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Chronology of events: offshore helicopter Cougar Flight 491

 

This draft chronology of events has been compiled from information provided by the Transportation Safety Board of Canada.

 

Times are in Universal Time Co-ordinated , or UTC, (roughly equivalent to Greenwich Mean Time).

 

11:48:07 Cougar Flight CHI91 departs St. John's.

 

12:05:52 CHI91 advises Gander Area Control Centre (ACC) that they have levelled off at 9,000 feet and that their estimated time of arrival at the Hibernia platform is 13:10. Speed is 110 knots.

 

12:15:05 Rapid loss of main gearbox oil pressure occurs. No abnormal indications of any kind recorded on flight data recorder prior to this event.

 

12:15:19 CHI91 begins a right turn.

 

12:15:24 Main gearbox oil pressure decreases to approximately five psi.

 

12:15:27 CHI91 issues mayday call to Gander ACC and begins descent from 9,000 feet. They are 53 nautical miles from St. John's.

 

12:15:32 CHI91 advises Gander ACC that they have main gearbox oil pressure problems and requests immediate clearance to return to St. John's.

 

12:15:43 CHI91 heads back to the coast. Their heading is 290 degrees and their speed is 120 knots.

 

12:17:04 Main gearbox oil pressure reaches 0 psi.

 

12:17:25 CHI91 advises Gander ACC that they are heading for nearest land. Their heading is 292 degrees and their speed is 122 knots.

 

12:17:42 CHI advises Gander ACC that they have lost all main gearbox oil pressure. CHI91 is descending through an altitude of 5,740 feet.

 

12:18:25 Gander ACC advises CHI91 that they are 42 miles from Cape Spear.

 

12:19:10 Gander ACC advises CHI91 that search and rescue has been notified.

 

12:19:18 CHI91 advises Gander ACC that Cougar dispatch has been advised and that another helicopter is being readied.

 

12:22:20 CHI91 levels off at approximately 800 feet. Their heading is 292 degrees and their speed is 133 knots.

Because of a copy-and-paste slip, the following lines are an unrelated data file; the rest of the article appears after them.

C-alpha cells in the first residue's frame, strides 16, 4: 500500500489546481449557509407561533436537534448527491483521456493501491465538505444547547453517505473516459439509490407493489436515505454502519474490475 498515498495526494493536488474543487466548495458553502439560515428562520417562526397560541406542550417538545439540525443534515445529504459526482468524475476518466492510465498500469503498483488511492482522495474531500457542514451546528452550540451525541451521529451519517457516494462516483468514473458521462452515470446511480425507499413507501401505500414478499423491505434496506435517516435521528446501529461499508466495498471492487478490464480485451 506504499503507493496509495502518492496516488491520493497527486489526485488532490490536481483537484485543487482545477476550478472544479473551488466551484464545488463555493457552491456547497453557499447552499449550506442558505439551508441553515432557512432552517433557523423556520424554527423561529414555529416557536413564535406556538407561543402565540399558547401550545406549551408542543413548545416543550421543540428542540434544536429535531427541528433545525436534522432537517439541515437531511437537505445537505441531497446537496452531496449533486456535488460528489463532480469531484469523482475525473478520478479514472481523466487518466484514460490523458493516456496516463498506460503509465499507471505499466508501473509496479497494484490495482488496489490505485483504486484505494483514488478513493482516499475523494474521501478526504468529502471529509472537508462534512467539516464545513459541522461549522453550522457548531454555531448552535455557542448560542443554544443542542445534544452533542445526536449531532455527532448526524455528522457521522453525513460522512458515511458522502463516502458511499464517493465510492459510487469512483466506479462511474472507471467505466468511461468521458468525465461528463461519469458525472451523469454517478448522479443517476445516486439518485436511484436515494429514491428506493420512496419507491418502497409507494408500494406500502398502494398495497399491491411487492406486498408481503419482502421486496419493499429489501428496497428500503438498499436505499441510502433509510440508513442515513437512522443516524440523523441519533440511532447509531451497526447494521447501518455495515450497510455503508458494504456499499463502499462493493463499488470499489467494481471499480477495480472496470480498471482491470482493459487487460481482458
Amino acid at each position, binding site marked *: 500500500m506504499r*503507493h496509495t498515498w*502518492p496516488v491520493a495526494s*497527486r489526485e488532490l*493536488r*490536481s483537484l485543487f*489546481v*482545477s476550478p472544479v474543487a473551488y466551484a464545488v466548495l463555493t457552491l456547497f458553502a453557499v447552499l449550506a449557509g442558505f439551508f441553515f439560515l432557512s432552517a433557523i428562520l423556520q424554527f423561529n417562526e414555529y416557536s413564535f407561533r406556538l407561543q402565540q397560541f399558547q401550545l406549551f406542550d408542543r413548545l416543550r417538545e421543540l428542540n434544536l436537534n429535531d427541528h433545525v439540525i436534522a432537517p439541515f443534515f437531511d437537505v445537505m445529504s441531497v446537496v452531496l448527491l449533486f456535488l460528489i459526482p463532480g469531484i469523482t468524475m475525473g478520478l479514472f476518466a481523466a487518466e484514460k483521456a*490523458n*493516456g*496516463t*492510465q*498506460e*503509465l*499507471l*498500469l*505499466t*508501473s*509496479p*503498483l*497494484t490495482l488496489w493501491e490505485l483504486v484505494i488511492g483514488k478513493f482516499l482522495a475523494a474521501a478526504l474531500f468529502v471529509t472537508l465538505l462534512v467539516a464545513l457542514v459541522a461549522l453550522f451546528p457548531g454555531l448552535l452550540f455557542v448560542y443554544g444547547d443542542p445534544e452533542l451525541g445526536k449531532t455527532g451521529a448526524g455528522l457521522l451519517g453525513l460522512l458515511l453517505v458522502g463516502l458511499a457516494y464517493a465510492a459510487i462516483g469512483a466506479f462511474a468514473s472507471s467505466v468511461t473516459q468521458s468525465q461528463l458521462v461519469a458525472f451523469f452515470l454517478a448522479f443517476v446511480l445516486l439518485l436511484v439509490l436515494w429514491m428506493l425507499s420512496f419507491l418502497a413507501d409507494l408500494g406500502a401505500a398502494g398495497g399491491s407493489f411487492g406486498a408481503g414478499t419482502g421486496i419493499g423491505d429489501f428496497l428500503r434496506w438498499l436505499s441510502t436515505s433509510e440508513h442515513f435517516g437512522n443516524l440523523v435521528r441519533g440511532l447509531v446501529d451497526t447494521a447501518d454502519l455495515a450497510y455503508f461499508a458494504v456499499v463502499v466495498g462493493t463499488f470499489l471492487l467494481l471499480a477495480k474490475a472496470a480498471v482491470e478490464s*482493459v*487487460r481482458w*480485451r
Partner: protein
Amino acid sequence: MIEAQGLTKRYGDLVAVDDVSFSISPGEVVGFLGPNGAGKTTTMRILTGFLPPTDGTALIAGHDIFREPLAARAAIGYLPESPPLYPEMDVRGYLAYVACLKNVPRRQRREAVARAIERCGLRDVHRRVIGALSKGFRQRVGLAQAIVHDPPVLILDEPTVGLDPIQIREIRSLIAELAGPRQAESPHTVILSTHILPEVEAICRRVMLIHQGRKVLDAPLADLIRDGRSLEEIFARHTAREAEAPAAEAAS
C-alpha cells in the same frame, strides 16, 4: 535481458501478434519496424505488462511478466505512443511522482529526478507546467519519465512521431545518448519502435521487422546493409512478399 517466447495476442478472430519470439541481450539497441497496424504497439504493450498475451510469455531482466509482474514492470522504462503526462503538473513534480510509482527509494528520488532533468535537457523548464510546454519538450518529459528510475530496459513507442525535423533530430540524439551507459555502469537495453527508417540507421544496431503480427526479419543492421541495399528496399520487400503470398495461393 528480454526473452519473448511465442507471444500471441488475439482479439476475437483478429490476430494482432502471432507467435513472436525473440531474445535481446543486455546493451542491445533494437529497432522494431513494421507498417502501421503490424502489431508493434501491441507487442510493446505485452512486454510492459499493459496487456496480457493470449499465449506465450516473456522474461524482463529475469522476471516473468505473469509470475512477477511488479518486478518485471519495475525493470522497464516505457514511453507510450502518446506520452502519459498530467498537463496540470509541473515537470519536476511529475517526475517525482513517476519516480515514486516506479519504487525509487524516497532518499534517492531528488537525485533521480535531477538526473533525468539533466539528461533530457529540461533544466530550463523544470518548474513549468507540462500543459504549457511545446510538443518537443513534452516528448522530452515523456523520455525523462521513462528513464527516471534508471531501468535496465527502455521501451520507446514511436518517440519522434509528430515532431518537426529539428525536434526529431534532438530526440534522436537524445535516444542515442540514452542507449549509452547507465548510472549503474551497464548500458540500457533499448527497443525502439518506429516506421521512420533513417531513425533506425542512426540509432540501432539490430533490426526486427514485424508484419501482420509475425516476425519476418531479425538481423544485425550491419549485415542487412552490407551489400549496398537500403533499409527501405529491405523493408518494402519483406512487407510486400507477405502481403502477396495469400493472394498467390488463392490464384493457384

12:24:44 A power interruption to the Flight Data Recorder/Cockpit Voice Recorder occurs.

 

12:25:36 CHI91 advises Gander ACC that they are preparing to ditch.

 

12:25:52 St. John's radar records CHI91 at 800 feet. CHI91 subsequently descends to 300 feet in approximately 29 seconds which equates to an approximate rate of descent of 1,000 feet per minute.

 

12:26:26 St. John's radar records the last radar return of CHI91 at 300 feet.

 

12:26 Gander ACC advises search and rescue that CHI91 has ditched. Cougar dispatch confirms the ditching with search and rescue, and advises that they will launch Cougar 61 as a rescue helicopter.

 

12:42 A Provincial Airlines patrol aircraft arrives at crash site and observes two people in orange immersion suits in the water.

 

13:07 Cougar rescue helicopter departs St. John's.

 

13:25 Cougar rescue helicopter arrives at crash site and spots two people (one of whom is later confirmed dead), two rafts and helicopter debris.

 

13:33 Cougar rescue helicopter lowers a rescue person toward the people in the water.

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Not wanting to disparage the significance of this tragedy, but I have to wonder why titanium studs were used when steel studs, as required now by Sikorsky, would do the job?

 

Of course the other question is why did a modern helicopter, certified to all of the latest standards, only take 11 minutes to crash following loss of transmission oil pressure when the certification requirements say it must demonstrate 30 minutes flight at cruise power upon loss of transmission oil pressure???

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Not wanting to disparage the significance of this tragedy, but I have to wonder why titanium studs were used when steel studs, as required now by Sikorsky, would do the job?

 

Of course the other question is why did a modern helicopter, certified to all of the latest standards, only take 11 minutes to crash following loss of transmission oil pressure when the certification requirements say it must demonstrate 30 minutes flight at cruise power upon loss of transmission oil pressure???

 

Saving weight with Titanium studs? Certainly won't save money. What other reason could there be? Seems like an odd choice of material for sure.

 

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